You might be interested in this repost. John Menadue.
In all the tributes and stories about Nelson Mandela, there was one that caught my attention. In his book ‘The Long Walk to Freedom’ he said:
‘A leader is like a shepherd. He stays behind the flock, letting the most nimble go out ahead, whereupon the others follow, not realising that all along they are being directed from behind.’
What I think he was saying is that leadership is a set of activities in which the South African people as a group were persuaded to make necessary but difficult decisions and being courageous enough to pursue them until a resolution was found. It was a collective effort. There was no messiah out in front. They were in it together. Nelson Mandela suffered on Robben Island and the young activists were gunned down by white police in Soweto. The pain was shared.
Nelson Mandela was not about management – coping with complexity and maintaining equilibrium. For him, leadership was much more than that. It involving creating disequilibrium and forcing the South African people out of their comfort zone. He led South Africans until almost everyone believed that change was both necessary and possible. In the end it was change that almost everyone owned. It was as if in their final victory they could say to each other ‘we did it ourselves’. That was the inclusive type of leadership that he pursued.
Nelson Mandela showed that leadership is not the same as authority. After all you can’t exercise authority in prison for 27 years Authority is usually bestowed or is positional. It is not always earned. A good example is the Bishops in our churches, or the inherited presidency of such people as George Bush. Authority by itself is designed to keep the organisation or country on even keel. An authority figure observes the ceremonials. Such an authority figure usually discourages people who challenge or ask the hard questions. Authority figures like the group to be relaxed and comfortable.
True leadership is quite different as Nelson Mandela showed.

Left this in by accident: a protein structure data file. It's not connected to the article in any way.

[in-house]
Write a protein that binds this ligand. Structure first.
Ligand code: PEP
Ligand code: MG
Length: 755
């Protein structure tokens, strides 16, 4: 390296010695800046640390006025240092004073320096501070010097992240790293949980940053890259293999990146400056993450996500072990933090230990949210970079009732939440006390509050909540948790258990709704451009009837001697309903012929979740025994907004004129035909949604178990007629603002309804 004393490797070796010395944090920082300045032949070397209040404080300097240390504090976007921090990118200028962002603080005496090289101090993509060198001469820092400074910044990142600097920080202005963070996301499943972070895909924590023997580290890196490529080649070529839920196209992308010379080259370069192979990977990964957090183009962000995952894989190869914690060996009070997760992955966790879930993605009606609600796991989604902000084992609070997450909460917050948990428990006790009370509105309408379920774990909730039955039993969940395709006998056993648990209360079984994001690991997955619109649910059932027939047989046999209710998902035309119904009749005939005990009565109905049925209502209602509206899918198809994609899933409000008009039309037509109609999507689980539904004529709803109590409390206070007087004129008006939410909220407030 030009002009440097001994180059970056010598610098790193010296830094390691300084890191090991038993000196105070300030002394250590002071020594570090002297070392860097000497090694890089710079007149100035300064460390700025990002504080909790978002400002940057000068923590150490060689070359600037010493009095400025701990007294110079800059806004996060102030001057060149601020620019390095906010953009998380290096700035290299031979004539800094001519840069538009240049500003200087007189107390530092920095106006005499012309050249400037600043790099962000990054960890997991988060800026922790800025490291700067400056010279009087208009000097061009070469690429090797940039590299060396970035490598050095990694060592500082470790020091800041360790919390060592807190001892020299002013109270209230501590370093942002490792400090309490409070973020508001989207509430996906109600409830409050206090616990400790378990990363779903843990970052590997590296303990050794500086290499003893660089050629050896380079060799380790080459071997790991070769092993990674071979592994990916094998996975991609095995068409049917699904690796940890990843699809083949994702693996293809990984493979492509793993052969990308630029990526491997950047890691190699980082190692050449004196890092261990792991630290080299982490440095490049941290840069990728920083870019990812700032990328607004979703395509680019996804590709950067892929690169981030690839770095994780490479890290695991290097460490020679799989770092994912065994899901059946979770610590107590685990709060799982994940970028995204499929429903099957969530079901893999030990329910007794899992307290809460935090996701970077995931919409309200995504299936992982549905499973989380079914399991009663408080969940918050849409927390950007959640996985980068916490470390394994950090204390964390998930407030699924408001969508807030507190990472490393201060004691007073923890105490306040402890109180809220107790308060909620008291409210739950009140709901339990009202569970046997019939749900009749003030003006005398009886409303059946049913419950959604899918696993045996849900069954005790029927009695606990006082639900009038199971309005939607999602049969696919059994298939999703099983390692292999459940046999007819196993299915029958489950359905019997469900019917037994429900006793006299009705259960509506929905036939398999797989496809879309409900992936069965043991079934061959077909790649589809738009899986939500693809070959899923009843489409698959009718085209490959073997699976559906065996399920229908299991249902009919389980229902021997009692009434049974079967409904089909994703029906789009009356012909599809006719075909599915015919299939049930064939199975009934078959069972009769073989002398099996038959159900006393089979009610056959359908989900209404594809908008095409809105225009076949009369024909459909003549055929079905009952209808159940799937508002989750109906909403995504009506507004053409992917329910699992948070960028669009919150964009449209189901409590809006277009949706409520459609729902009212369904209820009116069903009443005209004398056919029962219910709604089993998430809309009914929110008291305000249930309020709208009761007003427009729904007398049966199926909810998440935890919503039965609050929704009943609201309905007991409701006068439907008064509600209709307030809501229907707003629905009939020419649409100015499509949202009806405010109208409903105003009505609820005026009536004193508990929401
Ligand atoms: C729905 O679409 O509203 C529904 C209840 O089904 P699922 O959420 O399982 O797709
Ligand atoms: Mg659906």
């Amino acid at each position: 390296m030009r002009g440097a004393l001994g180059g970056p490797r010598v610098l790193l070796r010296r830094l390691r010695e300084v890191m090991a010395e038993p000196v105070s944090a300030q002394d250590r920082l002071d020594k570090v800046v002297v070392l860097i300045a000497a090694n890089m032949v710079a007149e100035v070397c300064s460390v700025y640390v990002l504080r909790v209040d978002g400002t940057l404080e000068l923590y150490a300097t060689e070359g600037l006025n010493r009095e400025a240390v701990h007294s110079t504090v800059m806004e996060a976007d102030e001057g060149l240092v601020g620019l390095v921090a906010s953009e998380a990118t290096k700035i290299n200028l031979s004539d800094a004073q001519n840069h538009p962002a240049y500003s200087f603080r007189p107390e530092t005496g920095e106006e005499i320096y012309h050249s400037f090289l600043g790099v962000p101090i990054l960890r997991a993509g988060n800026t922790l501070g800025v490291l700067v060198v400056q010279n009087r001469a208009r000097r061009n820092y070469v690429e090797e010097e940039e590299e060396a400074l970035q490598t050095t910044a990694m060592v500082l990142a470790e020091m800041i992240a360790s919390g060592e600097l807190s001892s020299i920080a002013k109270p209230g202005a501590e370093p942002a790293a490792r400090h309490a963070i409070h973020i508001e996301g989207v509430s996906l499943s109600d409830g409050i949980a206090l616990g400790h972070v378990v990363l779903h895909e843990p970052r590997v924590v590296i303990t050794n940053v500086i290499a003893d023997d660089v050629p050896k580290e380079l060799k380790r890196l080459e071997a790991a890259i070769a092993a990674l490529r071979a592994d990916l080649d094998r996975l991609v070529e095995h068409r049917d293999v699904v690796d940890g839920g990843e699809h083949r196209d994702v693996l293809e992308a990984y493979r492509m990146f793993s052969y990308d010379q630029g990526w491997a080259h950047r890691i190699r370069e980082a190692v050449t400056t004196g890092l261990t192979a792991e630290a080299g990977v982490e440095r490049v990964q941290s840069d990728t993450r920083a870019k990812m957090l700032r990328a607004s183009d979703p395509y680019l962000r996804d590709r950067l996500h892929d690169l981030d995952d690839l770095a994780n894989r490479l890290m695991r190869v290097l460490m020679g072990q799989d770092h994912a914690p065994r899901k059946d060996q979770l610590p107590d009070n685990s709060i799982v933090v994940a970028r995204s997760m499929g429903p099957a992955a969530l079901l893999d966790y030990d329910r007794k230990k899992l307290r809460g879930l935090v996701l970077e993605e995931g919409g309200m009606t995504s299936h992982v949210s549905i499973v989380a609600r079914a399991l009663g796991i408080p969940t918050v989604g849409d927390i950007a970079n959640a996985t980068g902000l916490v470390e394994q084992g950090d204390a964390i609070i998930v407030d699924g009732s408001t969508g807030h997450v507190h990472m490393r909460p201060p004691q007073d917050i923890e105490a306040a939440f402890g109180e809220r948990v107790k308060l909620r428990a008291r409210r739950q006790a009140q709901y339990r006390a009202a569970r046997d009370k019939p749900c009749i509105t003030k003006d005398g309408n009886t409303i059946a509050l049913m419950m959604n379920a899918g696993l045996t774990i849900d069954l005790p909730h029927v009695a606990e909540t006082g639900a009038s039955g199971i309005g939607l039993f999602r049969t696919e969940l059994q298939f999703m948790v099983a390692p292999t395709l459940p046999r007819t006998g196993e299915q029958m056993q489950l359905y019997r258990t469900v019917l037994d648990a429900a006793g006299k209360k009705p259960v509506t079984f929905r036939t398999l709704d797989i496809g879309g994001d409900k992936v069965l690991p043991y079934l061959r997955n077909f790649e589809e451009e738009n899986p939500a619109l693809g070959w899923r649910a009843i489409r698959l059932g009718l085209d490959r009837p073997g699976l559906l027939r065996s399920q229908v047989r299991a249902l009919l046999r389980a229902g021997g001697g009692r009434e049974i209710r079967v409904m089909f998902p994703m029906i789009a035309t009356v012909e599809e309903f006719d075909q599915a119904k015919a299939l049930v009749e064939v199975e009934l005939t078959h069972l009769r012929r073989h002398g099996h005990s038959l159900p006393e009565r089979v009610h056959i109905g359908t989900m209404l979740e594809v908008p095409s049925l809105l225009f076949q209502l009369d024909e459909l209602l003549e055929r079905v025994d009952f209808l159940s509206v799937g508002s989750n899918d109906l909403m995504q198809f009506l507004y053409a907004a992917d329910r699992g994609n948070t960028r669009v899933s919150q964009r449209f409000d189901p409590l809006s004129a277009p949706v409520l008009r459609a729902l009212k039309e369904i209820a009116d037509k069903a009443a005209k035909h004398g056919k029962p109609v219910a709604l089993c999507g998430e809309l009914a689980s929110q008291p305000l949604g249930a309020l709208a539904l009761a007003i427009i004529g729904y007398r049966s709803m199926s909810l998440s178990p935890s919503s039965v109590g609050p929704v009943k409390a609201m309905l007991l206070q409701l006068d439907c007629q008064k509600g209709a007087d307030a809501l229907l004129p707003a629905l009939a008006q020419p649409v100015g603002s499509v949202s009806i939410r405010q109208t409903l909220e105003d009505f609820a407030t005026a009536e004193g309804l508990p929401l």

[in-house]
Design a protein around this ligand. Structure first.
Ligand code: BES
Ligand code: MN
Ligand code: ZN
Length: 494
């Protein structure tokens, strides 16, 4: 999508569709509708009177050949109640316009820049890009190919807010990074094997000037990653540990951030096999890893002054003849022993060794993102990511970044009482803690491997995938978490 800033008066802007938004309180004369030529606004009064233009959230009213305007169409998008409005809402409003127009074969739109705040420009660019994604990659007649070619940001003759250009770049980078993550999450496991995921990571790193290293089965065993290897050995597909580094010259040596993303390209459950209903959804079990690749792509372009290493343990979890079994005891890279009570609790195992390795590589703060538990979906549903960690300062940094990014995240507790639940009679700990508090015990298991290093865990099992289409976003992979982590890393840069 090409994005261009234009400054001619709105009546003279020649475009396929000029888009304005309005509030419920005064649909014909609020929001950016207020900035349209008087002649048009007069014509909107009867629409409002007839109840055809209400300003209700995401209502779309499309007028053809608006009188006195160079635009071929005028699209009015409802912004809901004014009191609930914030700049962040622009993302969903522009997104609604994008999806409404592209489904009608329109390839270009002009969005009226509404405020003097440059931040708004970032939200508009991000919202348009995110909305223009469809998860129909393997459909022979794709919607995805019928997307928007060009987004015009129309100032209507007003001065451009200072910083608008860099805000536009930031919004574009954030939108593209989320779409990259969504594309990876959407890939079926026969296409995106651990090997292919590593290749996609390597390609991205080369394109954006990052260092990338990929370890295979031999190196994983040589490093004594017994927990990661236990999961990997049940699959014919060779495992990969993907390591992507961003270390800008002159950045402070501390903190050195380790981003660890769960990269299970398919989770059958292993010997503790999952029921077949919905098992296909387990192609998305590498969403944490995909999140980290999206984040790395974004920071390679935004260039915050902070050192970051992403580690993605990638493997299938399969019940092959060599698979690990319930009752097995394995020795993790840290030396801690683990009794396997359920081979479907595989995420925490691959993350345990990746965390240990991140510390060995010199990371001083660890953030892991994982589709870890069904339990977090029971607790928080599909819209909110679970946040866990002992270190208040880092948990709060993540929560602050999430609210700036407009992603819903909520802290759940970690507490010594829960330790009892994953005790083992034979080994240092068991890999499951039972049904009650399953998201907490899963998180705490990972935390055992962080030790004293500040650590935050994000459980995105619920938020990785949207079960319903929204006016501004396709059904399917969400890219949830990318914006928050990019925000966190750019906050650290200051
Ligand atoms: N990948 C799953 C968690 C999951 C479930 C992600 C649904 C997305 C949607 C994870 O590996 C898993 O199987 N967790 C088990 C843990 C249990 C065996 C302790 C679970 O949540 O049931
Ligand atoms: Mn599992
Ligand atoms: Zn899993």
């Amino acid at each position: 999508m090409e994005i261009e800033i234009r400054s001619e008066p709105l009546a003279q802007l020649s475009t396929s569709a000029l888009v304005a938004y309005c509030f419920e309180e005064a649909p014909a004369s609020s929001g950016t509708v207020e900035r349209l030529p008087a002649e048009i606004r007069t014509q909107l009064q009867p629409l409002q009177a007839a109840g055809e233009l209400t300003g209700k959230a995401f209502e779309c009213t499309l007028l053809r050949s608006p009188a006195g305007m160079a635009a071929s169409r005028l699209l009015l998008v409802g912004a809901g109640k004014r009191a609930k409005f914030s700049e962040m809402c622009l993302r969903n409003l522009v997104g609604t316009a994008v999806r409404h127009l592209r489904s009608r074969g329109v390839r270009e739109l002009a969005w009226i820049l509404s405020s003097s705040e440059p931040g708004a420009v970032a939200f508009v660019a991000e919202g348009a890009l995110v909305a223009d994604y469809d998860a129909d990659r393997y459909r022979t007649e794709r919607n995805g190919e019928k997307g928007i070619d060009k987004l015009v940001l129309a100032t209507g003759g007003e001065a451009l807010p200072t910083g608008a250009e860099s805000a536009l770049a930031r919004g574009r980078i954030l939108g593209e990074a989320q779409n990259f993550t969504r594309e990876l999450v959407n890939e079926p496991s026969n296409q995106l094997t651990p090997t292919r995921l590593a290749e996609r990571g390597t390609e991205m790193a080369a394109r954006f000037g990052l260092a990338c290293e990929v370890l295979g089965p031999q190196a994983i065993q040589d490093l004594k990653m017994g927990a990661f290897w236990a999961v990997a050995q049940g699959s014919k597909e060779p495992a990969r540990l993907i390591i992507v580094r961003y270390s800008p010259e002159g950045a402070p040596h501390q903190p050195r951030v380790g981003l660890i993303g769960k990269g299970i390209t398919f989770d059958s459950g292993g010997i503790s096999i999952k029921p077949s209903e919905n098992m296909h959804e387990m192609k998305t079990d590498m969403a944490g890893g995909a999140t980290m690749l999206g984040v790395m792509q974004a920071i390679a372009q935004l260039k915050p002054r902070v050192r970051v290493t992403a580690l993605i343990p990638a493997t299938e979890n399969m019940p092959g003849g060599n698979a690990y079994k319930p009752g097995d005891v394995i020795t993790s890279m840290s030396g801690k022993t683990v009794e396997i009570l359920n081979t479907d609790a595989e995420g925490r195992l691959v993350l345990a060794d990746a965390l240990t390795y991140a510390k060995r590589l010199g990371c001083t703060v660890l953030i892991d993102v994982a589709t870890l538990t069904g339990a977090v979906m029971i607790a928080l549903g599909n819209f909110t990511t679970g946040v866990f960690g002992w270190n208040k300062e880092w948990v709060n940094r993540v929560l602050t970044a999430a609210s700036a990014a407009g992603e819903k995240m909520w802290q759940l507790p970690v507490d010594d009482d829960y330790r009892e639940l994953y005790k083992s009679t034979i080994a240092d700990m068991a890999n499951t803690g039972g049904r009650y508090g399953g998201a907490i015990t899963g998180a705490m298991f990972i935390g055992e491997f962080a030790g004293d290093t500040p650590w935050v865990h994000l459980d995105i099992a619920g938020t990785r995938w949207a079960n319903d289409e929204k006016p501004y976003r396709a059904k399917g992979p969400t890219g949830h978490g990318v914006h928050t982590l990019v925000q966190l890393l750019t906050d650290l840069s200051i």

- It encourages honest and hard questions. It helps the group to clarify its problems and the way to proceed – like addressing climate change in our time.
- It is not naïve or dismissive of the problems and risks.
- It is prepared to create disequilibrium knowing that people don’t change in comfort zones.
- It doesn’t attempt to solve the group’s problems or make decisions ahead of the group. The nimble ones up front may set the pace, but a solution is only possible when the group as a whole catches up. And that takes time.
- It doesn’t get lost in detail or attempt to micro-manage.
- It recognizes that mistakes will be made and that remedial action will be necessary to get back on course.
- Supporters must be honest and trust-worthy. Ciphers who cling to the old networks and clubs are no help.
Leadership is also not the same as charisma. Bin Laden had charisma, but he was mad.
Nelson Mandela gave us inspired leadership with few of the trappings of authority.
The most moving example for me of his leadership was the celebration of the victorious Springbok rugby world cup team in 1995. Standing with the South African captain, Francois Pienaar, he wore the Springbok jersey and cap. South African Rugby was at the core of apartheid with racially selected teams and refusal to play other teams that were racially integrated. At the world cup and with one gesture of reconciliation he cleansed South African rugby of its awful past. Few could do it with such simplicity and credibility. Words were not necessary. Or as Saint Francis put it “only use words as a last resort” Who could deny a man who sacrificed so much for racial equality?
It was leadership not authority that won the day. And a leadership that was prepared to forgive but never forget.